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Class of 2013 transitions to the clinical years

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fter two years in the lecture hall, library and laboratory, and a week of orientation activities, the Class of 2013 was eager to begin their clinical years and clerkships. A highlight of third-year orientation week at the end of June was the Student Clinician's Ceremony, a program of the Gold Humanism Honor Society designed to provide guidance, information and support as medical students transition into their clinical years. It aims to address some of the anxiety felt by

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students entering their clerkships and underscores the challenges and imperatives to providing humanistic care to patients at the same time as they are pressed to demonstrate high standards of skill performance. The ceremony also included presentation of the Gold Foundation's Humanism and Excellence in Teaching Awards to six residents selected by the outgoing third-year class for exhibiting strong teaching skills and being role models for compassionate, relationship-centered care.

New York Medical College Office of Public Relations Tel: (914) 594-4536, Fax: (914) 594-4541 Donna E. Moriarty, M.P.H. '04 Associate Vice President, Communications Lori-Ann Perrault, Public Information Editor Kevin R. Cummings, M.P.S., M.P.H. '00, Director of Web Communications Contributor: Kimberly Gaudin de Gonzalez InTouch is published ten times a year by the Office of Public Relations at New York Medical College. It is distributed to the College community, including students, faculty, staff, affiliated hospital sites and the Board of Trustees, among others. It has a circulation of 3,500.

Jennifer L. Koestler, M.D., left, associate dean for medical education, and fourth-year medical student Meredith McFarland, right, congratulated Humanism and Excellence in Teaching Award recipient, Susan Samaniego, M.D., a fourth-year general surgery resident at Westchester Medical Center and Metropolitan Hospital Center.

Members of the Class of 2013 recited the student oath to reaffirm their values of relationship-centered, compassionate and professional care.

July 2011

New York Medical College Office of Public Relations Administration Building Valhalla, New York 10595

Volume Seventeen | Number Six July 2011

Class of 2011 bids farewell to NYMC

Future physicians stood ready and waiting for the processional. (photo by Roy Groething)

HIGHLIGHTS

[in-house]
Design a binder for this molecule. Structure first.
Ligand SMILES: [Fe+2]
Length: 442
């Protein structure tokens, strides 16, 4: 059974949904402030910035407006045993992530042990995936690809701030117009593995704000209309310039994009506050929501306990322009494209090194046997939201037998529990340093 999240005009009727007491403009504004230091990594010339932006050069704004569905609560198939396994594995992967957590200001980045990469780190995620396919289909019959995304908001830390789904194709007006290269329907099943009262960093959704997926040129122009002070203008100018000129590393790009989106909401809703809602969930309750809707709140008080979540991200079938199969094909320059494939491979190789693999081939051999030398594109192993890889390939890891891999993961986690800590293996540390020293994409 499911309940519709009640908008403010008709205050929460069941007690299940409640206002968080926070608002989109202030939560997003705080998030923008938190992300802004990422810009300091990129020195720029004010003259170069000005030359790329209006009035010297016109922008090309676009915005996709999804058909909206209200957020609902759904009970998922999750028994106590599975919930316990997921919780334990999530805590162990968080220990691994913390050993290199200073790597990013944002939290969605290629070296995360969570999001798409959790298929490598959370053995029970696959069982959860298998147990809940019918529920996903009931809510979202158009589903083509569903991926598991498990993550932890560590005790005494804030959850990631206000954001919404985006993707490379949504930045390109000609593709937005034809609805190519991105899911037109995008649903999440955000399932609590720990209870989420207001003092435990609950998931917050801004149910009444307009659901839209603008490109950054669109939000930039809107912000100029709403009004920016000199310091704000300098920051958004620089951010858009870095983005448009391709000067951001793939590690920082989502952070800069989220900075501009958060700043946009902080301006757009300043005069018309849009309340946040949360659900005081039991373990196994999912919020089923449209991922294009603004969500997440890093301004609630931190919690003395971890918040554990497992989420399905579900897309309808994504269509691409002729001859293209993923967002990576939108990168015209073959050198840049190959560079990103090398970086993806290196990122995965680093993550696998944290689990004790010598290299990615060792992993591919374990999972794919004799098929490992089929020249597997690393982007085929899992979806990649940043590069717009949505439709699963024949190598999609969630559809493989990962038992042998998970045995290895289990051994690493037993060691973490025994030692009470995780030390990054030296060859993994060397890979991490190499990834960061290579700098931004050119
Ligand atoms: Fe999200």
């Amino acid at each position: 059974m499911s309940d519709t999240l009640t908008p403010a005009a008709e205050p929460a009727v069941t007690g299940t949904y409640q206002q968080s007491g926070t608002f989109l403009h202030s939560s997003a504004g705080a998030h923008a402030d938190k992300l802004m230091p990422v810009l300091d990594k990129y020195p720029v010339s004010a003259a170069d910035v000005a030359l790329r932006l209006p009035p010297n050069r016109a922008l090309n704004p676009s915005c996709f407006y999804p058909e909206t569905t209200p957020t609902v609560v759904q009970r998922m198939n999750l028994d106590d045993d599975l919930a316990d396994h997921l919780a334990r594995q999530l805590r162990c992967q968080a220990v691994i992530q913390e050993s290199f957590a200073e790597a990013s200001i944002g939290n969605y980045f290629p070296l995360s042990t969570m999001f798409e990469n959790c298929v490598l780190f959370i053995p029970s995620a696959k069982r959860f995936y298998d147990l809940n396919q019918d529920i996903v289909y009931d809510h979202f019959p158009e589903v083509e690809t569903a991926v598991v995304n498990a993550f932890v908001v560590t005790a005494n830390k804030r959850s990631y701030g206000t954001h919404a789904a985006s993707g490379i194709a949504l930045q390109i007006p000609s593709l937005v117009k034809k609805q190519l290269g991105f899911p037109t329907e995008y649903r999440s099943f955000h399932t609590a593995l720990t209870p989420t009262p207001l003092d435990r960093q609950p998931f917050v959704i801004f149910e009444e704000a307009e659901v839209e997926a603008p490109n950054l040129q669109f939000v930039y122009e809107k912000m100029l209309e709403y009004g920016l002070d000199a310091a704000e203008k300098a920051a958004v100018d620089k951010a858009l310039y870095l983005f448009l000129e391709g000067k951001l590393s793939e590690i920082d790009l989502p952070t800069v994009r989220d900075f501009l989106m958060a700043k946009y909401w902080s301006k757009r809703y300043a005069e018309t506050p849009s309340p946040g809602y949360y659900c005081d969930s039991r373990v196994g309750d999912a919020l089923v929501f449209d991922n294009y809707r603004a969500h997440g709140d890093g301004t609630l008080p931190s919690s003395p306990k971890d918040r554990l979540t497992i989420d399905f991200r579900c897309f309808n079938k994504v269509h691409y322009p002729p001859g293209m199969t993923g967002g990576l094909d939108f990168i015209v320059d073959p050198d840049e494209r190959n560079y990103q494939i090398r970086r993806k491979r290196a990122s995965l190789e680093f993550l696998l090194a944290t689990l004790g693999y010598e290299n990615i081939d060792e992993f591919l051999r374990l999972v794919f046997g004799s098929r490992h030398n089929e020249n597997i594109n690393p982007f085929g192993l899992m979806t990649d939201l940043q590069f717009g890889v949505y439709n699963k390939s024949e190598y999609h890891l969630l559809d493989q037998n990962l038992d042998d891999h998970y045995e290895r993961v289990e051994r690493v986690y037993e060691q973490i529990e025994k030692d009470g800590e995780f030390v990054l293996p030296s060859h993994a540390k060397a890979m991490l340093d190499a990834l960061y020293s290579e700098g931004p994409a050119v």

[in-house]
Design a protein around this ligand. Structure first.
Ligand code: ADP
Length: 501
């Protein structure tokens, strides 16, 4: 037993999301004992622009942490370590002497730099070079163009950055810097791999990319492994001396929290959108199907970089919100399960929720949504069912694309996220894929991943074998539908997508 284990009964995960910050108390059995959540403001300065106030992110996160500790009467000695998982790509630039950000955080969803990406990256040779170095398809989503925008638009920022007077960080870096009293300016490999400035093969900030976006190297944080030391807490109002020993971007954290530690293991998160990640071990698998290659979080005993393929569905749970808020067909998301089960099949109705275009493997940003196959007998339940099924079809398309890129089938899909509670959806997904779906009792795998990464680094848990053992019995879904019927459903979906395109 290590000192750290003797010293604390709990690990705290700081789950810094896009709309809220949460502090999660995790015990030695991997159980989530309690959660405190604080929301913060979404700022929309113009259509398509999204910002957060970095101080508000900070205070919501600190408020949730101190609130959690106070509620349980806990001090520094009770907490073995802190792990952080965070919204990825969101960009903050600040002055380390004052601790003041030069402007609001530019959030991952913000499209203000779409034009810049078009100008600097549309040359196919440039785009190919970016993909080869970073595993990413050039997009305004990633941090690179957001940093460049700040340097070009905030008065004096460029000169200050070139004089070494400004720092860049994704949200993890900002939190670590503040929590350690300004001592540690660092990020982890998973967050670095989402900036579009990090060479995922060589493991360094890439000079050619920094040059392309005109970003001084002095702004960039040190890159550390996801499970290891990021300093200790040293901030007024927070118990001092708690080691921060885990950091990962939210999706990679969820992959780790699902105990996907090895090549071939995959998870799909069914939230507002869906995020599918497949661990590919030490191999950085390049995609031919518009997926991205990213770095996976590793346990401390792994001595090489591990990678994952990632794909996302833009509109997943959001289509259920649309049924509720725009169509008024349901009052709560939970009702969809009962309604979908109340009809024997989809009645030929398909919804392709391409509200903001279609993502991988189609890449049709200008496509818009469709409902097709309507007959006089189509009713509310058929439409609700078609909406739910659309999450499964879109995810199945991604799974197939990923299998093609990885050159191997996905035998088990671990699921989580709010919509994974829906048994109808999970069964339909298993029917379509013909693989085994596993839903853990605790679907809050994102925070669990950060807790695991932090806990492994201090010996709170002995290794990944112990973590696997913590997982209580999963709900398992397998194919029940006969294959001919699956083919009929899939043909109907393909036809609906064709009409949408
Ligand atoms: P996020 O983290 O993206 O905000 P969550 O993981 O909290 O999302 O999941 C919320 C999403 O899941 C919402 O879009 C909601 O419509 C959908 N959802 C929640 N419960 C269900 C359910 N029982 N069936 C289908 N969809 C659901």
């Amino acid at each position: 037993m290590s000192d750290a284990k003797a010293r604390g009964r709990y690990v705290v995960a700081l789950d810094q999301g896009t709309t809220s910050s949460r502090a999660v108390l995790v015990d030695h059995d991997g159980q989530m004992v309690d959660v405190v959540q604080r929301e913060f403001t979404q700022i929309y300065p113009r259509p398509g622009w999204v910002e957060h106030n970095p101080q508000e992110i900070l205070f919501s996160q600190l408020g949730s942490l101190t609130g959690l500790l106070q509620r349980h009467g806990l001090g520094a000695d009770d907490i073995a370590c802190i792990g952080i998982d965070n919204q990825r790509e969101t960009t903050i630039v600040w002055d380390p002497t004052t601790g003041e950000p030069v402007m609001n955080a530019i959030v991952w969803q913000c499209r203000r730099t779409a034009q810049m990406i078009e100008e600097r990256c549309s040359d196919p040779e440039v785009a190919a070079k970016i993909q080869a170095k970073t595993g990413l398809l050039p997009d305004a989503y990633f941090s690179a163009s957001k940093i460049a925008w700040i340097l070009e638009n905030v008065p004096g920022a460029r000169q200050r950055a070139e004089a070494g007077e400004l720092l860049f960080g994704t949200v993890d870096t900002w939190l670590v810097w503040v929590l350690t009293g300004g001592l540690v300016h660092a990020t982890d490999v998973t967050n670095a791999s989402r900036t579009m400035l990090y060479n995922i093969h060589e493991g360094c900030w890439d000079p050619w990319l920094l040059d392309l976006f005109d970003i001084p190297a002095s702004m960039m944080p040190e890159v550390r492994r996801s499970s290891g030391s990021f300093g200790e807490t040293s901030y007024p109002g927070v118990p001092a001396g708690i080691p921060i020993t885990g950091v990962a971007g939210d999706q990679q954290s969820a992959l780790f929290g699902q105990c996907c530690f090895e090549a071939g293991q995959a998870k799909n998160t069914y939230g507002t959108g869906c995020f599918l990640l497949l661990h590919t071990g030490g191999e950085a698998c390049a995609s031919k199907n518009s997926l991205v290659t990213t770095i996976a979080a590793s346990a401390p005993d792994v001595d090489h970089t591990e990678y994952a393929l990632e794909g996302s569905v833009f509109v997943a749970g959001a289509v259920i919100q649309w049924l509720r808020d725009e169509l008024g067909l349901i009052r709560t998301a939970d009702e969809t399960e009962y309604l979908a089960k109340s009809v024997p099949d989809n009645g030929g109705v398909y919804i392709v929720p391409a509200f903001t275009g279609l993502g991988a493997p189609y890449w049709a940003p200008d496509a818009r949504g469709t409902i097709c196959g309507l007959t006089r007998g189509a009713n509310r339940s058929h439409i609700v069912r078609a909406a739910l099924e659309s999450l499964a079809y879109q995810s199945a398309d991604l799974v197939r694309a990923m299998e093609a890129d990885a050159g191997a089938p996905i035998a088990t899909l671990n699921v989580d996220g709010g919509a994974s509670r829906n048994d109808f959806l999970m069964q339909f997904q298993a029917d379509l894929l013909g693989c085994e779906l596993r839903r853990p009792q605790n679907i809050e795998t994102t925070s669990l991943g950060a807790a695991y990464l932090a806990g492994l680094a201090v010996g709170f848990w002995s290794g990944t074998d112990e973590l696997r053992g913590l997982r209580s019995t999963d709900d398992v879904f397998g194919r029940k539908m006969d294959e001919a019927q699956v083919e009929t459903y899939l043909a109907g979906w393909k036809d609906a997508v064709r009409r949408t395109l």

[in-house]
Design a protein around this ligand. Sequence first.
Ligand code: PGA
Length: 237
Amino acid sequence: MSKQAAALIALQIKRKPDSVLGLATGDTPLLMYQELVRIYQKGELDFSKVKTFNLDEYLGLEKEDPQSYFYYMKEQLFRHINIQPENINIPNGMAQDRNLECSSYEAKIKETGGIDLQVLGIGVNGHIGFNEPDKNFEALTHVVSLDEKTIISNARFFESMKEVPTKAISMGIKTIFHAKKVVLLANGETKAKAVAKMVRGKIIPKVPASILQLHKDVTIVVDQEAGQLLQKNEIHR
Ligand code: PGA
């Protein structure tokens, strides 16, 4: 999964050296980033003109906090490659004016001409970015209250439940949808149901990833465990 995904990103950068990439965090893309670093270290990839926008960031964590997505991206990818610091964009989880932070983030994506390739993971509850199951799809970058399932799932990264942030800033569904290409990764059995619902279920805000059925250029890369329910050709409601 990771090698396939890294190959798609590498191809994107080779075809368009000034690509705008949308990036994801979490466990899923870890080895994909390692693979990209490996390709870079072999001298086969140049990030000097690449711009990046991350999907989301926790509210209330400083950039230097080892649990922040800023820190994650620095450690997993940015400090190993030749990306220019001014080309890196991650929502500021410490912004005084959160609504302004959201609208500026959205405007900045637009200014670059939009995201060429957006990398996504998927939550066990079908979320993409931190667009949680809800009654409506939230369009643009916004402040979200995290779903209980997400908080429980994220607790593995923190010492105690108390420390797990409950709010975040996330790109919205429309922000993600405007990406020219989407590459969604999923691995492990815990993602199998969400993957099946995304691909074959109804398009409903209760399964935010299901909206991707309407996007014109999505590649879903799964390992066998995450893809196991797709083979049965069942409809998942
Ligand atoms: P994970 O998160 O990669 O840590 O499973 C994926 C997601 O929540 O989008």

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Four rising fourth-years earn highly coveted fellowships

Class of 2011 Commencement coverage

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rossing the grand stage of Carnegie Hall to receive their diplomas will always be a fond memory for the Class of 2011. But what they will treasure most will be the memories of the time they spent with their classmates as they pursued their degrees and dreams. At New York Medical College's 152nd Commencement exercises on May 24, the university awarded 199 doctor of medicine (M.D.) degrees, 28 doctor of physical therapy (D.P.T.) degrees, 5 doctor of philosophy (Ph.D.) degrees, 62 master of science (M.S.) degrees, 96 master of public health (M.P.H.) degrees and 3 doctor of public health (Dr.P.H.) degrees to the Class of 2011. At 5 p.m. sharp, the pomp and circumstance began with mace bearer Catharine Crea, associate dean for research administration, leading the processional into the hall filled with excited families and friends of the graduates and special guests. Presiding over the ceremony was grand marshal Richard G. McCarrick, M.D., vice dean for graduate medical education and affiliations. Before the awarding of degrees, student greetings were offered by Michael G. Platt, Class of 2011, and the Commencement address was given by Darrell G. Kirch, M.D., president and chief executive officer of the Association of American Medical Colleges (AAMC), who received an honorary doctor of science degree. Dr. Kirch, who writes and speaks frequently on health reform issues related to the implementation of

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the Affordable Care Act, implored the graduates to take action. "Our long day's journey into health care reform is far from over. Numerous challenges--and even opportunities--await," he said. "By overcoming the decades-long hurdle of not being able to do something about health care, we now are better positioned to take on the many complex issues that have beleaguered us for so long. In my view, just as we have a moral imperative to provide Americans basic health insurance, we have an innovation imperative to finally make our health care system work for everyone." He continued, "You should bask in the glory of this special day. But I hope you also will take time to remember the professional legacy you now inherit, and the ethical obligations that come with it. I hope you will do three very important things: Cherish those precious, indelible memories formed in your years here. Cling tenaciously to the bedrock of professional values of compassion, integrity and service that lie at the heart of the Hippocratic tradition. And please find the courage to join your generation with mine in addressing this fundamental imbalance in our ethics, and take on the lack of fairness in our health care system. Despite all our knowledge and skills, we should make each other a promise today that we will never lose the sense of doing good and creating a better society that brought each of us to our careers in the first place."

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Family Medicine Interest Group recognized for hard work and dedication

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HONORS & APPOINTMENTS

Accolades